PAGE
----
Why the kookaburra?
Kookaburra Cottage is home.
Forty kilometres from Braidwood in south-east New South Wales, nestled in the bush with a seasonal creek and surrounded by wildlife: this is where I live, write, grow food and recharge my batteries. Every dawn and dusk is announced by a rousing kookaburra chorus. Over time I have come to know the pairs of kookaburras that live around my property and also to realise that there is a deeper significance to their presence in my life than just the sharing of space.
Kookaburra is the messenger of the bush.
I try to put into practice through my writing the lessons that kookaburra brings: observe patiently, focus carefully, be swift and decisive in execution. Kookaburra also tells us not to take things too seriously. It’s important to approach life with a sense of humour and to laugh out loud from time to time.
I have travelled a lot over the past few years and I have been to places where I’ve thought I could live quite happily. In the end, though, it is the raucous call of the kookaburra as dawn breaks and darkness falls that I miss most and it is that which will always call me home.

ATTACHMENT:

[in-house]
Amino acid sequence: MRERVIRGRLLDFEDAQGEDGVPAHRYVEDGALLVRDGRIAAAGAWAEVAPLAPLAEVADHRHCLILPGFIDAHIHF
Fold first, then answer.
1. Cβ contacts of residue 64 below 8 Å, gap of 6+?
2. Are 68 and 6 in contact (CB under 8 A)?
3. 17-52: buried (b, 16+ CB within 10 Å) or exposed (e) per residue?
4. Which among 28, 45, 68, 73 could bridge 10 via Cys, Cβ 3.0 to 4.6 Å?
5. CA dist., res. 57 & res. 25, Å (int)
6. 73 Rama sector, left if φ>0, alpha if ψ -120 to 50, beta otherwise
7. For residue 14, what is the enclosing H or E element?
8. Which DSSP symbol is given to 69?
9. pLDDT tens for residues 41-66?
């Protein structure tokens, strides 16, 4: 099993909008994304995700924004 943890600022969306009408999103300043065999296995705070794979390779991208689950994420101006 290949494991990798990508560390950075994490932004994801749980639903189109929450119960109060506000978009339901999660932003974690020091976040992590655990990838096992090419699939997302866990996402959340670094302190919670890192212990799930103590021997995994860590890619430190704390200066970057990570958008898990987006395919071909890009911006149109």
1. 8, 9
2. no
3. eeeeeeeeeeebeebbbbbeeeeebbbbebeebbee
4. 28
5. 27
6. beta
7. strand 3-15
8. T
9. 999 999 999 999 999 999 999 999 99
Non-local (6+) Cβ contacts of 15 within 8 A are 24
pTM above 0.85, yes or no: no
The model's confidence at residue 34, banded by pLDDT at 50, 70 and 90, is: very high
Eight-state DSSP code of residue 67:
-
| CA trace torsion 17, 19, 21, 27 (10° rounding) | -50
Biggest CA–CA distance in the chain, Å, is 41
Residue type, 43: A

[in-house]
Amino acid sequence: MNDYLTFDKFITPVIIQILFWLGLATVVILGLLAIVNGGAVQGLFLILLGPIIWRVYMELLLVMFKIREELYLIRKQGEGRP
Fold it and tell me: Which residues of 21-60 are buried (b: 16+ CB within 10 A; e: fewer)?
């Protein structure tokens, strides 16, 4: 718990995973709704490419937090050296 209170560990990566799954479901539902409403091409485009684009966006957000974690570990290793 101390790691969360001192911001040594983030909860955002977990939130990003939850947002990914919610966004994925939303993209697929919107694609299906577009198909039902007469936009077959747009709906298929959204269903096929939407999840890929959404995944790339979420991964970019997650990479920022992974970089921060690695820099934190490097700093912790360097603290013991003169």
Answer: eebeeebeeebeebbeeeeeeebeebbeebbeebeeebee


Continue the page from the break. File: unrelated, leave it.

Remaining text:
A bit of Bio
Robin Tennant Wood had a poem published when she was 10 years old and decided on the spot that she would be a writer. After leaving school there followed a career as a high school art and English teacher, involvement in politics and as an environmental activist, further study, a PhD in political science and international relations, a policy position in the Commonwealth public service and then director of an environmental non-government organisation.
She finally gravitated to fulltime academia where she lectured and researched in politics and policy. All the time, however, she wrote.
After a series of monumental life changes, she finally pulled the plug on her career to pursue what she decided to do at 10 years old. Sometimes it takes a long time to find out what our 10 year-old selves knew all along.
Robin lives in a small yurt, Kookaburra Cottage, which she shares with two gorgeous dogs and five cats, in south-east NSW. She lives as sustainably as possible on her 15 acres of land, off-grid solar powered and growing as much of her food as she can while sharing it with the local wildlife. She keeps chickens for eggs and manure, composts all organic waste, including humanure, and is working towards zero-waste.